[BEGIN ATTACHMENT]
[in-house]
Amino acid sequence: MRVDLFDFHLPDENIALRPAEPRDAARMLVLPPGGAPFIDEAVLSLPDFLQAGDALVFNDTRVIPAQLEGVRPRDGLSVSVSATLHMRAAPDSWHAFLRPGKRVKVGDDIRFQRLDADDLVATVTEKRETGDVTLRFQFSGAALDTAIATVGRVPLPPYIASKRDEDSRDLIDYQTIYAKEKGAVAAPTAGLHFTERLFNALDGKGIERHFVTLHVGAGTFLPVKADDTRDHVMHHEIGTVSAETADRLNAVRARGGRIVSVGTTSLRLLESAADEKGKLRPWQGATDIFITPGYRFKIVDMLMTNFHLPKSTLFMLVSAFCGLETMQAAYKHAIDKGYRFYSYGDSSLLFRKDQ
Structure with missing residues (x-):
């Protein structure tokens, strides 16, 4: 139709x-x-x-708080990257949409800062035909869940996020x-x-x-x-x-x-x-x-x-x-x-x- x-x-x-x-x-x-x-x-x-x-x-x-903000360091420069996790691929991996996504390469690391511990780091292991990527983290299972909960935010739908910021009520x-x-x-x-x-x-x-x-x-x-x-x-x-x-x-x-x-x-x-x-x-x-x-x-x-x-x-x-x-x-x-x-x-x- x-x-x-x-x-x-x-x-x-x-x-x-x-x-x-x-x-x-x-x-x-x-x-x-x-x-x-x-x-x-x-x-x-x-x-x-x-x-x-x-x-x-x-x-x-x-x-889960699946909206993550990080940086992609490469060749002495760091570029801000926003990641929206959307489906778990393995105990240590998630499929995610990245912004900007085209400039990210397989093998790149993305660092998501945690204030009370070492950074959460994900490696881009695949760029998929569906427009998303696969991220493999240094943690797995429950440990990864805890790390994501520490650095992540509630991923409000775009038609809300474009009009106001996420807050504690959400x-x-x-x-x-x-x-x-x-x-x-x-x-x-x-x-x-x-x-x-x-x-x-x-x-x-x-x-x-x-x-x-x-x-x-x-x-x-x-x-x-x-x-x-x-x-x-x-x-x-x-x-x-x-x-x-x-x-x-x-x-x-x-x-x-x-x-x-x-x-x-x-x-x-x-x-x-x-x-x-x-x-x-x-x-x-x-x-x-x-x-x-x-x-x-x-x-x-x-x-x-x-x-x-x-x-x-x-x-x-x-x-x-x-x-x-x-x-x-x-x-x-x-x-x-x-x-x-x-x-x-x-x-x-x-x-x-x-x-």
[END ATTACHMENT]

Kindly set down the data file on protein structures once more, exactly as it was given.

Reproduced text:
[in-house]
Amino acid sequence: MRVDLFDFHLPDENIALRPAEPRDAARMLVLPPGGAPFIDEAVLSLPDFLQAGDALVFNDTRVIPAQLEGVRPRDGLSVSVSATLHMRAAPDSWHAFLRPGKRVKVGDDIRFQRLDADDLVATVTEKRETGDVTLRFQFSGAALDTAIATVGRVPLPPYIASKRDEDSRDLIDYQTIYAKEKGAVAAPTAGLHFTERLFNALDGKGIERHFVTLHVGAGTFLPVKADDTRDHVMHHEIGTVSAETADRLNAVRARGGRIVSVGTTSLRLLESAADEKGKLRPWQGATDIFITPGYRFKIVDMLMTNFHLPKSTLFMLVSAFCGLETMQAAYKHAIDKGYRFYSYGDSSLLFRKDQ
Structure with missing residues (x-):
């Protein structure tokens, strides 16, 4: 139709x-x-x-708080990257949409800062035909869940996020x-x-x-x-x-x-x-x-x-x-x-x- x-x-x-x-x-x-x-x-x-x-x-x-903000360091420069996790691929991996996504390469690391511990780091292991990527983290299972909960935010739908910021009520x-x-x-x-x-x-x-x-x-x-x-x-x-x-x-x-x-x-x-x-x-x-x-x-x-x-x-x-x-x-x-x-x-x- x-x-x-x-x-x-x-x-x-x-x-x-x-x-x-x-x-x-x-x-x-x-x-x-x-x-x-x-x-x-x-x-x-x-x-x-x-x-x-x-x-x-x-x-x-x-x-889960699946909206993550990080940086992609490469060749002495760091570029801000926003990641929206959307489906778990393995105990240590998630499929995610990245912004900007085209400039990210397989093998790149993305660092998501945690204030009370070492950074959460994900490696881009695949760029998929569906427009998303696969991220493999240094943690797995429950440990990864805890790390994501520490650095992540509630991923409000775009038609809300474009009009106001996420807050504690959400x-x-x-x-x-x-x-x-x-x-x-x-x-x-x-x-x-x-x-x-x-x-x-x-x-x-x-x-x-x-x-x-x-x-x-x-x-x-x-x-x-x-x-x-x-x-x-x-x-x-x-x-x-x-x-x-x-x-x-x-x-x-x-x-x-x-x-x-x-x-x-x-x-x-x-x-x-x-x-x-x-x-x-x-x-x-x-x-x-x-x-x-x-x-x-x-x-x-x-x-x-x-x-x-x-x-x-x-x-x-x-x-x-x-x-x-x-x-x-x-x-x-x-x-x-x-x-x-x-x-x-x-x-x-x-x-x-x-x-």